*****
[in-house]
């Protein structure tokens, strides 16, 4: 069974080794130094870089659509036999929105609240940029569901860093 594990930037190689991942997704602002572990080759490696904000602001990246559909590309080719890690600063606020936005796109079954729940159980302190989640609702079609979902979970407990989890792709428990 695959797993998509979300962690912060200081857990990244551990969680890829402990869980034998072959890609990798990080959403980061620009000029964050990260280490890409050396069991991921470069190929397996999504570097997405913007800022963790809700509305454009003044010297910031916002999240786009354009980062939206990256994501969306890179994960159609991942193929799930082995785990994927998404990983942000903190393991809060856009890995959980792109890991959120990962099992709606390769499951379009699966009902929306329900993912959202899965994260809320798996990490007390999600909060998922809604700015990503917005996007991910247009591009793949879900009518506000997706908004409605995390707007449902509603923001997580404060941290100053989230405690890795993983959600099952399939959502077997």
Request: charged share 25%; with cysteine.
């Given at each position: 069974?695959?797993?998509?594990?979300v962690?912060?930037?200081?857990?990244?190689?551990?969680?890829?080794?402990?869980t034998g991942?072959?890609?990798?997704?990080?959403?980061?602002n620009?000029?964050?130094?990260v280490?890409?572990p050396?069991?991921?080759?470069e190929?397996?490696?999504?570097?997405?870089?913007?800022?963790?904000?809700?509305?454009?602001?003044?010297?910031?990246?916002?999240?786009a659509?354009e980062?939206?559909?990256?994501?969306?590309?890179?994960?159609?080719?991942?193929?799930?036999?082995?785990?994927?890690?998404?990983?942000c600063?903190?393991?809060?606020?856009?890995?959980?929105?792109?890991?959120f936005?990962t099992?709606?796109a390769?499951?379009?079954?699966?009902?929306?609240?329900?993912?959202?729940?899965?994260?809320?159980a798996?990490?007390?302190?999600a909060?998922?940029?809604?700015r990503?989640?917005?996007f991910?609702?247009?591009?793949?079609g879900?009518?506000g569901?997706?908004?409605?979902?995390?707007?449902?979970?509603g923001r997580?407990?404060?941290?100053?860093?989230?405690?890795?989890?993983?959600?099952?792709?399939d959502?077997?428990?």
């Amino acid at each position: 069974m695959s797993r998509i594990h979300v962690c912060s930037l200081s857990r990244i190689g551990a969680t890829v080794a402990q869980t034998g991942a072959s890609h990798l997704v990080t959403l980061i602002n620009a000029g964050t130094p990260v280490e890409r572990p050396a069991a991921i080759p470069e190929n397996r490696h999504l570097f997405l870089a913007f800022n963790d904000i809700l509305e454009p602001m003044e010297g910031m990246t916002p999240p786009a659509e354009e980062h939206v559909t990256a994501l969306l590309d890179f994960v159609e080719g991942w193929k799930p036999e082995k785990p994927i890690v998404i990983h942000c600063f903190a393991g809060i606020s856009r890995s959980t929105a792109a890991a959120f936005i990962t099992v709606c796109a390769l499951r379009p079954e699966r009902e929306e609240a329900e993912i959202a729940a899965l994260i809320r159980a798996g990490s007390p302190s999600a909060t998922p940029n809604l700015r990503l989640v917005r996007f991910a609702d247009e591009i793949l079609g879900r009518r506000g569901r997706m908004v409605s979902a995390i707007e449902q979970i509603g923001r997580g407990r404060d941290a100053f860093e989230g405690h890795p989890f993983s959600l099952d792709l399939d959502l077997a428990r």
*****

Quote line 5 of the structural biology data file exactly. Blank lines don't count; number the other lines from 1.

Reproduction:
């Amino acid at each position: 069974m695959s797993r998509i594990h979300v962690c912060s930037l200081s857990r990244i190689g551990a969680t890829v080794a402990q869980t034998g991942a072959s890609h990798l997704v990080t959403l980061i602002n620009a000029g964050t130094p990260v280490e890409r572990p050396a069991a991921i080759p470069e190929n397996r490696h999504l570097f997405l870089a913007f800022n963790d904000i809700l509305e454009p602001m003044e010297g910031m990246t916002p999240p786009a659509e354009e980062h939206v559909t990256a994501l969306l590309d890179f994960v159609e080719g991942w193929k799930p036999e082995k785990p994927i890690v998404i990983h942000c600063f903190a393991g809060i606020s856009r890995s959980t929105a792109a890991a959120f936005i990962t099992v709606c796109a390769l499951r379009p079954e699966r009902e929306e609240a329900e993912i959202a729940a899965l994260i809320r159980a798996g990490s007390p302190s999600a909060t998922p940029n809604l700015r990503l989640v917005r996007f991910a609702d247009e591009i793949l079609g879900r009518r506000g569901r997706m908004v409605s979902a995390i707007e449902q979970i509603g923001r997580g407990r404060d941290a100053f860093e989230g405690h890795p989890f993983s959600l099952d792709l399939d959502l077997a428990r």